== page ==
M. Graziella Volpi, visiting researcher at the eHealth Center and home emergency doctor
María Graziella Volpi, a visiting researcher at the eHealth Center this November, is a doctor and holds a master's degree in Healthcare Business Management. She has worked in the clinical field for more than twenty years in her home country of Uruguay, which has one of the oldest populations in Latin America. While working in home emergency care, she was inspired to create a telemonitoring project for older people, in order to improve these patients' quality of life and make the healthcare system more efficient.
What sparked your interest in e-health?
My interest in e-health came about by chance, when I was deciding on the topic for my thesis in my master's degree in Healthcare Business Management. In 2015, working with a friend who had graduated in Nursing, we conducted a survey to find out the level of acceptance of telemonitoring among diabetic patients in Uruguay (83% thought it was positive). We then presented the work at the Telemedicine Congress of the Americas, where it won first prize. I heard about telemedicine at the congress, and decided that I had to find out more. After looking around for centres where I could train, I arrived at the UOC, where I was part of the first class to study the University Master's Degree in E-Health. I have continued my training since then, and I am more enthusiastic every day!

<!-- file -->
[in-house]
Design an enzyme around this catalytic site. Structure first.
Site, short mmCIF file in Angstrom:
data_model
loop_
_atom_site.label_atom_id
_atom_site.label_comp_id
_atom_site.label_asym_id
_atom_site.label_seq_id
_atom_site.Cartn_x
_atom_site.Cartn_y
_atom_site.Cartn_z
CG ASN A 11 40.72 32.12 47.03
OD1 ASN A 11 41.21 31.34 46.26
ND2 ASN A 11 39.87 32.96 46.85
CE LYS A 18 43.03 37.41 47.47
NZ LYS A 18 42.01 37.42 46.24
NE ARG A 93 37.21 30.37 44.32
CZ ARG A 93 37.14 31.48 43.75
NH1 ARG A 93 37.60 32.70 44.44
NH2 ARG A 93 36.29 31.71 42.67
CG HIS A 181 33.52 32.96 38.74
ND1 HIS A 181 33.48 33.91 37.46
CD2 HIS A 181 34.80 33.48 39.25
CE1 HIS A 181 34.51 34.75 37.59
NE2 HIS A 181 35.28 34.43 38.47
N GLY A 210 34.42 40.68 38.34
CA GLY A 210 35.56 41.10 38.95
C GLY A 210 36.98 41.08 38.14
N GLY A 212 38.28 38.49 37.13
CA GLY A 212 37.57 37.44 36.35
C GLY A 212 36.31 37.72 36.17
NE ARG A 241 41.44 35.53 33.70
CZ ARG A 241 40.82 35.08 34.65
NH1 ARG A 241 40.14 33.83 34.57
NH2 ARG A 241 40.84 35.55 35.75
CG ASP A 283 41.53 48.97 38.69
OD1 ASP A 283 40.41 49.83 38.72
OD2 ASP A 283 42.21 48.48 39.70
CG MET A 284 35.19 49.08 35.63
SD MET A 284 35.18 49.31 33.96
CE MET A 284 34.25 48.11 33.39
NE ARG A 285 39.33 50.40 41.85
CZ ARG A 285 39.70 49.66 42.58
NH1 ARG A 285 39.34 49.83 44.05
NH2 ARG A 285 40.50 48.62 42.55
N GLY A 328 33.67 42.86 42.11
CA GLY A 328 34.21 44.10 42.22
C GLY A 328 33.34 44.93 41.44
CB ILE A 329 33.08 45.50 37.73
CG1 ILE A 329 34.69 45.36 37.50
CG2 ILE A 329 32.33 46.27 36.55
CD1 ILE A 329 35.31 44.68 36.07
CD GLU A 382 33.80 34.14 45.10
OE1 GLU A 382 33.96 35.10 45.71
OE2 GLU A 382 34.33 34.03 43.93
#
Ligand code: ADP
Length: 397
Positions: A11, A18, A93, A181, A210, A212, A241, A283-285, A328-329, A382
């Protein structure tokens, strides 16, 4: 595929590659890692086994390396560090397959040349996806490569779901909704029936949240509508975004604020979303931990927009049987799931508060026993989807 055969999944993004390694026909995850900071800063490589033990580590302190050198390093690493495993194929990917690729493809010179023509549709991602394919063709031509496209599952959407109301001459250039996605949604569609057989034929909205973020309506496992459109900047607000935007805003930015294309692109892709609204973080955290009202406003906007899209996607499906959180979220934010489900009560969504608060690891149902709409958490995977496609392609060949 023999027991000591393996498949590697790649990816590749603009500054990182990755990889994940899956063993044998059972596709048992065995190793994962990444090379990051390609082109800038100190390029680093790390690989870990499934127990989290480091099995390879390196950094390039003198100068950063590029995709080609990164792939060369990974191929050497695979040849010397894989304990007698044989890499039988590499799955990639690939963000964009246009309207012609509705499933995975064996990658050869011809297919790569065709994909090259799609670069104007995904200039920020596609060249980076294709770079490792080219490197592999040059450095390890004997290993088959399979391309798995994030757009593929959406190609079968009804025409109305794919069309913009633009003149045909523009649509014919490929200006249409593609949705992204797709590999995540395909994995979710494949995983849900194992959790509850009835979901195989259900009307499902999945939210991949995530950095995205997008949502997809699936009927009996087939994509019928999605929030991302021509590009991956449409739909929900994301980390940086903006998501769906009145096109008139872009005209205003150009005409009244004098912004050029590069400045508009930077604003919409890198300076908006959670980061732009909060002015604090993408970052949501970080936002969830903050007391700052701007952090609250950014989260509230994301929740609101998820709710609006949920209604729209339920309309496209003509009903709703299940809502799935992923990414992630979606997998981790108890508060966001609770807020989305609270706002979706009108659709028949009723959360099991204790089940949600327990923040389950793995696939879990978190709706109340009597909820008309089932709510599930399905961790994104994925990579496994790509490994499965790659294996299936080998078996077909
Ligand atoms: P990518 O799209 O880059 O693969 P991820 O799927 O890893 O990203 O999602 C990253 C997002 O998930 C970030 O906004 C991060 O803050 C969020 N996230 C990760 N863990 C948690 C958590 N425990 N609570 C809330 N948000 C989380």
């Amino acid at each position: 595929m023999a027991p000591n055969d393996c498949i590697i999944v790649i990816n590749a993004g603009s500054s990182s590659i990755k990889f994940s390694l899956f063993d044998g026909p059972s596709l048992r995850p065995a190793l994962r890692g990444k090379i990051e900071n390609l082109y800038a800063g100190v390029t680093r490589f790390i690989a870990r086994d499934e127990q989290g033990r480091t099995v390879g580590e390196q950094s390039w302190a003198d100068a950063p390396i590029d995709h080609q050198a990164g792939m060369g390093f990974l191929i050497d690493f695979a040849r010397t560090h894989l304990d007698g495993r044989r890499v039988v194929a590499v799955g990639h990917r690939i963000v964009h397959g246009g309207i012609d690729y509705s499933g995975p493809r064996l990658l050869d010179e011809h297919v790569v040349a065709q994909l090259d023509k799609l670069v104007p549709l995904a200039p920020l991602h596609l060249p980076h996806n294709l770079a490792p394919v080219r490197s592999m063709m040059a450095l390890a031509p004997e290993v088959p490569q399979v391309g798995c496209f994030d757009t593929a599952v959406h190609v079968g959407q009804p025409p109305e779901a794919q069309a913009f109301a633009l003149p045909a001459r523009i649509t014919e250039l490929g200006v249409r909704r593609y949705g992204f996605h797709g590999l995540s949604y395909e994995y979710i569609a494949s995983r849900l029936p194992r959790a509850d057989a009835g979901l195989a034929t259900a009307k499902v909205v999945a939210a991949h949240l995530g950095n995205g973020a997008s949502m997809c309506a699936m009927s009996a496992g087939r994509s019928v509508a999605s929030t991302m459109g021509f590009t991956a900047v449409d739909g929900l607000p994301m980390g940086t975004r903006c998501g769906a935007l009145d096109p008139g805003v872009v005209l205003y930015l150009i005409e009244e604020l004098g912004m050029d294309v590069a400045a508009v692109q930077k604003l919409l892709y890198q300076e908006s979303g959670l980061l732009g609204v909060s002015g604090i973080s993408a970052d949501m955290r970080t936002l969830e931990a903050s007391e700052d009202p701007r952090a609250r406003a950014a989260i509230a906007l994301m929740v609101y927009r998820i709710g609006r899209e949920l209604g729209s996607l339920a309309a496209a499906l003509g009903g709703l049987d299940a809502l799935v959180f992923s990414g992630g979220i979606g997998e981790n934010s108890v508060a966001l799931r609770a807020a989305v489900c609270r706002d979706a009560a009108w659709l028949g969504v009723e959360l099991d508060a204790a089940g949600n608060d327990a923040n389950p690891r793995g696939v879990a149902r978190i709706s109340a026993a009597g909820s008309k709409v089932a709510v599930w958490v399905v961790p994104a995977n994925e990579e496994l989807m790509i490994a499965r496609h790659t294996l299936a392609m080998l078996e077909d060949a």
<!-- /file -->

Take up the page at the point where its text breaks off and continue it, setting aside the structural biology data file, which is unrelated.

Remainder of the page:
To what extent has health been digitalized in Uruguay?
In Uruguay we have a government agency, Salud.uy, where health professionals and IT professionals work, and they have done a great deal of work to develop and launch the National Electronic Clinical History (HCEN). The process of integrating it into all the country's healthcare providers is now being completed. A Minimum Data Set (MDS) of the users is shared in the HCEN. There is also the National Dictionary of Medicines and Related Items, and work on electronic prescriptions is under way. In the private sphere, it depends on the provider.